Utah Birds, Utah Birding, and Utah Birders. Promoting the sharing of information, and the conservation of habitat for birds in Utah and elsewhere. We are a group of people who want to share what we know, and create a positive birding experience in Utah.
This past Sunday I decided to wake up early and head to the Uinta Mountains. My goal was to hike up the Bald Mountain trail from the East Fork of Blacks Fork trailhead and look for White-tailed Ptarmigan and whatever other adventures came my way. Little did I know that my day would become one of the most memorable encounters with wildlife I've ever had.
When I started on I-80, east of Park City, the roadway was shrouded in a dense fog. It was impressive and perhaps a harbinger of greatness to come. Through Wyoming and back south into Utah I drove, past Meeks Cabin Reservoir and towards the trailhead. I decided that I should explore some other roads/trails and picked one at random prior to the trailhead. I got out of the car and found a trail of sorts meandering through the woods. I hiked a bit and came upon a Northern Goshawk perched in a tree. I have never seen an adult Gos perched like this before and I was loving life, snapping pictures and enjoying the moment. After satisfying myself with photos, I kept hiking down the trail. After a few steps, the Gos took off and flew to a tree that looked down on me and began calling. I wasn't concerned as there was a good distance between us. I then heard a second Gos and this one was from lower and in front of me. I figured out that based on size, this was likely the female. She had prey in her talons and was also making calls. I took a few more pics & video and then continued my hike. As I walked, the male seemed to follow me, albeit from the tops of the trees and once I was far enough away the pursuit and calling trailed off. I wasn't alarmed as neither bird showed much aggression towards me other than perhaps some over zealous calling. After a bit more hiking I decided it was time to get back to my car and move on down the road to the trail I really came for. I knew I would hike back past the Goshawks and with camera at the ready, made my may back towards them.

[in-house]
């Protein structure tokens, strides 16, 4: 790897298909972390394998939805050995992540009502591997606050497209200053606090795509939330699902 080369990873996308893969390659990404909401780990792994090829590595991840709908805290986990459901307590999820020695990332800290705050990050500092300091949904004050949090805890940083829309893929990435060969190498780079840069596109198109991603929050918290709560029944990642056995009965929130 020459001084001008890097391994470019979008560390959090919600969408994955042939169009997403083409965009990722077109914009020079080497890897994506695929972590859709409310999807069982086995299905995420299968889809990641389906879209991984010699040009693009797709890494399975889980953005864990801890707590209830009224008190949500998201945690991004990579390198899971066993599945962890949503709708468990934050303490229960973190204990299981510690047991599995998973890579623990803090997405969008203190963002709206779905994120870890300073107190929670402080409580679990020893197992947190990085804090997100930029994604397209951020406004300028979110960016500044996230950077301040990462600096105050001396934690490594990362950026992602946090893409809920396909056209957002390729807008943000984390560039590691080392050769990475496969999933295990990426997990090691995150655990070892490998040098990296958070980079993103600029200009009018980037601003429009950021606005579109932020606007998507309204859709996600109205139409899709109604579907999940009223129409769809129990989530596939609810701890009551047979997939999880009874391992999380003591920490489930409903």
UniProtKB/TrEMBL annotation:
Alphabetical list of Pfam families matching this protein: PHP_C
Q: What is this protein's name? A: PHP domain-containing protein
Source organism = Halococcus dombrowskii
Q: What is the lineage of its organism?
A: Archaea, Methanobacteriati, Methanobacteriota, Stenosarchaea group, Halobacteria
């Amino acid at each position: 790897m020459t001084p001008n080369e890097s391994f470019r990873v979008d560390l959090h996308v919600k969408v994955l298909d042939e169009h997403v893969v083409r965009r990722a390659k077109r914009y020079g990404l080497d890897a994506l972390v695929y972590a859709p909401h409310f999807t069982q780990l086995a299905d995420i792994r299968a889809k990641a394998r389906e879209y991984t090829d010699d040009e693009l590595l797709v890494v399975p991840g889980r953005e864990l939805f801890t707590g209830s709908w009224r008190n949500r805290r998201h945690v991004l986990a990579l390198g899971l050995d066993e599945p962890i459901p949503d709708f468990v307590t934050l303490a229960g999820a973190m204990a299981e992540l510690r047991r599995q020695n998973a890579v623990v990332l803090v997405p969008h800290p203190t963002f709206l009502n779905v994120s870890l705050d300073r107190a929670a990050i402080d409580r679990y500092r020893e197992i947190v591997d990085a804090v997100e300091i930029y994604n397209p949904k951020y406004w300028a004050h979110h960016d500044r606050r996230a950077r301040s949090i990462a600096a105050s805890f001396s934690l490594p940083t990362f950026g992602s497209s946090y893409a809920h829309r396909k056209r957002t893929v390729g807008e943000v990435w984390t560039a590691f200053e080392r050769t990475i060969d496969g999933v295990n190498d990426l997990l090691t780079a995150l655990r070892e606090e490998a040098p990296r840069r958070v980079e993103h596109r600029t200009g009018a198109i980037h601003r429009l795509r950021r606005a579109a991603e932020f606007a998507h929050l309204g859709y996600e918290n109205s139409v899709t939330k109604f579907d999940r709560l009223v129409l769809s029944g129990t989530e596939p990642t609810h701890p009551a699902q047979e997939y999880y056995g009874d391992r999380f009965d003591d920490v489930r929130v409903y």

As I approached, the calling began again. Only a few minutes had past since my last encounter and this time, they were ready. Perhaps they realized their previous efforts weren't adequate to drive me away for long and the male flew low and close and menacing, calling all the while. I was bit taken aback as he stared at me, from eye level maybe 15 yards out. I kept hiking. He kept staring and calling. All of a sudden he took off, headed right towards me. I couldn't believe it. Here was this amazing Hawk, wings spread, talons out, headed right at my head. I turned my back and took a few steps and ducked as he whooshed right over me. "HOLY $%^&", I said. He banked and perched close by and continued his stare and scream. I began moving at a quicker pace this time. I heard the female also calling from not too far away. I kept hiking. They kept yelling. I had one eye on the male worried that he'd be lunging at my face again. Sure enough, all of sudden he took off and banked at a spot that gave him a perfect runway down the trail right at me. He came with speed, I ran with speed, I ducked with haste and "whooooooosh". Another narrow miss. It is an odd feeling when you go from awe to fear. And the response is no longer to capture the moment. The response is to get the hell out of there. And that's what I did. In a full sprint. Being pursued all the while by an angry Goshawk. The memories and the story are great and amusing now, but I confess that in the moment, I truly felt the bird's intent to injure me and absolutely believed in its ability to do so. I made it out unscathed and with some great pictures. However, next time I hear the cry of a Goshawk, I will be a bit wiser and more prepared and know that there is no bluff in their calls. I've shared some photos and video below of the Goshawks and some other sights I found around the area. I never did make it to the Ptarmigan as afternoon storms sent me home early, but I'll be heading back soon to try again.